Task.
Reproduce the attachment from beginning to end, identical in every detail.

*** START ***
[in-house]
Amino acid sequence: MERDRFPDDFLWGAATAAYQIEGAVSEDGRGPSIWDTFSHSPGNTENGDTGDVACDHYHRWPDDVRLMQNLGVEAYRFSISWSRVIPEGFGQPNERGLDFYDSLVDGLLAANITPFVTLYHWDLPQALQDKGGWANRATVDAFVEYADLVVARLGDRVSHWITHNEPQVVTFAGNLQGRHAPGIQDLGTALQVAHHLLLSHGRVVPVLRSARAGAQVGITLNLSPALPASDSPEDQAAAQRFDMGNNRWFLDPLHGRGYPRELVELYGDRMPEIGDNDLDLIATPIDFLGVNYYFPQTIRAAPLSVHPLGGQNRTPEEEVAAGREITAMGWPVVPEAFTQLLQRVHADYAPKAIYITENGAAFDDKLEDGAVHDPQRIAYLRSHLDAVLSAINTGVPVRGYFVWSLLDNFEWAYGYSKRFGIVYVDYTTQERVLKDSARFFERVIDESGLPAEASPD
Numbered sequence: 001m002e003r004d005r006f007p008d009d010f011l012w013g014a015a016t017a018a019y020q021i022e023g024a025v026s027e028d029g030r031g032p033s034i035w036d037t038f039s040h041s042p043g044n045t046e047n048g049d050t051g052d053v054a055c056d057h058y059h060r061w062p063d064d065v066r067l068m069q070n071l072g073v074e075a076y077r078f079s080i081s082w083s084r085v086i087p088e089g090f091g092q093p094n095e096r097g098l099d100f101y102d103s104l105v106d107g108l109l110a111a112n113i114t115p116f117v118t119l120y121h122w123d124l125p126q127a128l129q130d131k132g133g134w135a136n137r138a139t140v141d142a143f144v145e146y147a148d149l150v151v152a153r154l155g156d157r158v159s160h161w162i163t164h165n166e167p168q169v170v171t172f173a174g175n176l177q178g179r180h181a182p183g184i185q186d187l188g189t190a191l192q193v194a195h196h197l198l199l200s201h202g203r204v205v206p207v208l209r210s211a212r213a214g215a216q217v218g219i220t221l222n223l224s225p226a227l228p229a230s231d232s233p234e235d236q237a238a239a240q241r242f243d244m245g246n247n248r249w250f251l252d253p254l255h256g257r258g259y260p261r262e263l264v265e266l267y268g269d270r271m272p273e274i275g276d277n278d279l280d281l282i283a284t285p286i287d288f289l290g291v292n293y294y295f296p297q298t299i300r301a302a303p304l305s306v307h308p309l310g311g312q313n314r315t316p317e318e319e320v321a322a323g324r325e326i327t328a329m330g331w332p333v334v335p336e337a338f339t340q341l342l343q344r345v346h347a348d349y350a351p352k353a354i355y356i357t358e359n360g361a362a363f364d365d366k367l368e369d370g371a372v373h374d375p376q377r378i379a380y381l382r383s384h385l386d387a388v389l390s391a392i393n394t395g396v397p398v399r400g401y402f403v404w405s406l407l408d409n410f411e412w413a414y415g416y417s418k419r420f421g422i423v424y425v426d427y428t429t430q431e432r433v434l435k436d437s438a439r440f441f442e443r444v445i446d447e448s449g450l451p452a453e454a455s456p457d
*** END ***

[in-house]
Amino acid sequence: MERDRFPDDFLWGAATAAYQIEGAVSEDGRGPSIWDTFSHSPGNTENGDTGDVACDHYHRWPDDVRLMQNLGVEAYRFSISWSRVIPEGFGQPNERGLDFYDSLVDGLLAANITPFVTLYHWDLPQALQDKGGWANRATVDAFVEYADLVVARLGDRVSHWITHNEPQVVTFAGNLQGRHAPGIQDLGTALQVAHHLLLSHGRVVPVLRSARAGAQVGITLNLSPALPASDSPEDQAAAQRFDMGNNRWFLDPLHGRGYPRELVELYGDRMPEIGDNDLDLIATPIDFLGVNYYFPQTIRAAPLSVHPLGGQNRTPEEEVAAGREITAMGWPVVPEAFTQLLQRVHADYAPKAIYITENGAAFDDKLEDGAVHDPQRIAYLRSHLDAVLSAINTGVPVRGYFVWSLLDNFEWAYGYSKRFGIVYVDYTTQERVLKDSARFFERVIDESGLPAEASPD
Numbered sequence: 001m002e003r004d005r006f007p008d009d010f011l012w013g014a015a016t017a018a019y020q021i022e023g024a025v026s027e028d029g030r031g032p033s034i035w036d037t038f039s040h041s042p043g044n045t046e047n048g049d050t051g052d053v054a055c056d057h058y059h060r061w062p063d064d065v066r067l068m069q070n071l072g073v074e075a076y077r078f079s080i081s082w083s084r085v086i087p088e089g090f091g092q093p094n095e096r097g098l099d100f101y102d103s104l105v106d107g108l109l110a111a112n113i114t115p116f117v118t119l120y121h122w123d124l125p126q127a128l129q130d131k132g133g134w135a136n137r138a139t140v141d142a143f144v145e146y147a148d149l150v151v152a153r154l155g156d157r158v159s160h161w162i163t164h165n166e167p168q169v170v171t172f173a174g175n176l177q178g179r180h181a182p183g184i185q186d187l188g189t190a191l192q193v194a195h196h197l198l199l200s201h202g203r204v205v206p207v208l209r210s211a212r213a214g215a216q217v218g219i220t221l222n223l224s225p226a227l228p229a230s231d232s233p234e235d236q237a238a239a240q241r242f243d244m245g246n247n248r249w250f251l252d253p254l255h256g257r258g259y260p261r262e263l264v265e266l267y268g269d270r271m272p273e274i275g276d277n278d279l280d281l282i283a284t285p286i287d288f289l290g291v292n293y294y295f296p297q298t299i300r301a302a303p304l305s306v307h308p309l310g311g312q313n314r315t316p317e318e319e320v321a322a323g324r325e326i327t328a329m330g331w332p333v334v335p336e337a338f339t340q341l342l343q344r345v346h347a348d349y350a351p352k353a354i355y356i357t358e359n360g361a362a363f364d365d366k367l368e369d370g371a372v373h374d375p376q377r378i379a380y381l382r383s384h385l386d387a388v389l390s391a392i393n394t395g396v397p398v399r400g401y402f403v404w405s406l407l408d409n410f411e412w413a414y415g416y417s418k419r420f421g422i423v424y425v426d427y428t429t430q431e432r433v434l435k436d437s438a439r440f441f442e443r444v445i446d447e448s449g450l451p452a453e454a455s456p457d